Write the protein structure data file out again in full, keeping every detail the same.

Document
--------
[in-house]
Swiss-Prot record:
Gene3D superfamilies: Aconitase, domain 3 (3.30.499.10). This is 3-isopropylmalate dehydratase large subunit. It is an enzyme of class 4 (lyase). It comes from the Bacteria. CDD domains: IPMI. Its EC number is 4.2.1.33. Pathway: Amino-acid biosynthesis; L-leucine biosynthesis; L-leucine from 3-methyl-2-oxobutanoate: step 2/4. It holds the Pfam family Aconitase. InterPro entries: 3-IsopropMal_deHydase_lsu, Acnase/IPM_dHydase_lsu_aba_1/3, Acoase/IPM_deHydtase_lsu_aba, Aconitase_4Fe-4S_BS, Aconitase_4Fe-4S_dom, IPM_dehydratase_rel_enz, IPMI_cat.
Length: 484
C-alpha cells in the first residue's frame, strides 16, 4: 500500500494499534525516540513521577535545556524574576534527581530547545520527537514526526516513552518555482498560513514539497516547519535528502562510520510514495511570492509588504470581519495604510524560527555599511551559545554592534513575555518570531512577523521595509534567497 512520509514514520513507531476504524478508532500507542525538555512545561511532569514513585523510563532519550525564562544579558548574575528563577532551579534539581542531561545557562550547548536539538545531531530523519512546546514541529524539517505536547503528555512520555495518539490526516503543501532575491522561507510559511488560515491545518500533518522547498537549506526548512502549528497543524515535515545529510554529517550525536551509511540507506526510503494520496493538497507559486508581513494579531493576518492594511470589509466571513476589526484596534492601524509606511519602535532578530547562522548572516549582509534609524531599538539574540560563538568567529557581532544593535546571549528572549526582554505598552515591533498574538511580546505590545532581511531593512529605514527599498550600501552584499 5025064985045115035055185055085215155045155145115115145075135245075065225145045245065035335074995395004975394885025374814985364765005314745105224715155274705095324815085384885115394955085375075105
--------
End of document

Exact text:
[in-house]
Swiss-Prot record:
Gene3D superfamilies: Aconitase, domain 3 (3.30.499.10). This is 3-isopropylmalate dehydratase large subunit. It is an enzyme of class 4 (lyase). It comes from the Bacteria. CDD domains: IPMI. Its EC number is 4.2.1.33. Pathway: Amino-acid biosynthesis; L-leucine biosynthesis; L-leucine from 3-methyl-2-oxobutanoate: step 2/4. It holds the Pfam family Aconitase. InterPro entries: 3-IsopropMal_deHydase_lsu, Acnase/IPM_dHydase_lsu_aba_1/3, Acoase/IPM_deHydtase_lsu_aba, Aconitase_4Fe-4S_BS, Aconitase_4Fe-4S_dom, IPM_dehydratase_rel_enz, IPMI_cat.
Length: 484
C-alpha cells in the first residue's frame, strides 16, 4: 500500500494499534525516540513521577535545556524574576534527581530547545520527537514526526516513552518555482498560513514539497516547519535528502562510520510514495511570492509588504470581519495604510524560527555599511551559545554592534513575555518570531512577523521595509534567497 512520509514514520513507531476504524478508532500507542525538555512545561511532569514513585523510563532519550525564562544579558548574575528563577532551579534539581542531561545557562550547548536539538545531531530523519512546546514541529524539517505536547503528555512520555495518539490526516503543501532575491522561507510559511488560515491545518500533518522547498537549506526548512502549528497543524515535515545529510554529517550525536551509511540507506526510503494520496493538497507559486508581513494579531493576518492594511470589509466571513476589526484596534492601524509606511519602535532578530547562522548572516549582509534609524531599538539574540560563538568567529557581532544593535546571549528572549526582554505598552515591533498574538511580546505590545532581511531593512529605514527599498550600501552584499 5025064985045115035055185055085215155045155145115115145075135245075065225145045245065035335074995395004975394885025374814985364765005314745105224715155274705095324815085384885115394955085375075105